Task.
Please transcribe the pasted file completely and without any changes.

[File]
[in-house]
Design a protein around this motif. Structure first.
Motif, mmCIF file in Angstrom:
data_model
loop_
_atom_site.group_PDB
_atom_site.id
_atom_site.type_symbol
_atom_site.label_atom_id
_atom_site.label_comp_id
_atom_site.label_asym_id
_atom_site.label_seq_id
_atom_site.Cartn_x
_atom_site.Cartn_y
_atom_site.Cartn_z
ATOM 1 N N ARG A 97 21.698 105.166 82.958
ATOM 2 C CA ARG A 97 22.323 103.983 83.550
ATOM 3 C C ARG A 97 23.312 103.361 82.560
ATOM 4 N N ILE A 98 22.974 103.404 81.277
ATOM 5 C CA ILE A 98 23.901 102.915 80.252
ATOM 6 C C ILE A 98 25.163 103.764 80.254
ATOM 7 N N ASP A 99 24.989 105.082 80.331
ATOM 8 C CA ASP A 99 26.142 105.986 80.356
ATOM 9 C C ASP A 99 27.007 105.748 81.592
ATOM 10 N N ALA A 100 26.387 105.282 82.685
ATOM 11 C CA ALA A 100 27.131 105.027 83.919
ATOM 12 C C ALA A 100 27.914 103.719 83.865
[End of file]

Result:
[in-house]
Design a protein around this motif. Structure first.
Motif, mmCIF file in Angstrom:
data_model
loop_
_atom_site.group_PDB
_atom_site.id
_atom_site.type_symbol
_atom_site.label_atom_id
_atom_site.label_comp_id
_atom_site.label_asym_id
_atom_site.label_seq_id
_atom_site.Cartn_x
_atom_site.Cartn_y
_atom_site.Cartn_z
ATOM 1 N N ARG A 97 21.698 105.166 82.958
ATOM 2 C CA ARG A 97 22.323 103.983 83.550
ATOM 3 C C ARG A 97 23.312 103.361 82.560
ATOM 4 N N ILE A 98 22.974 103.404 81.277
ATOM 5 C CA ILE A 98 23.901 102.915 80.252
ATOM 6 C C ILE A 98 25.163 103.764 80.254
ATOM 7 N N ASP A 99 24.989 105.082 80.331
ATOM 8 C CA ASP A 99 26.142 105.986 80.356
ATOM 9 C C ASP A 99 27.007 105.748 81.592
ATOM 10 N N ALA A 100 26.387 105.282 82.685
ATOM 11 C CA ALA A 100 27.131 105.027 83.919
ATOM 12 C C ALA A 100 27.914 103.719 83.865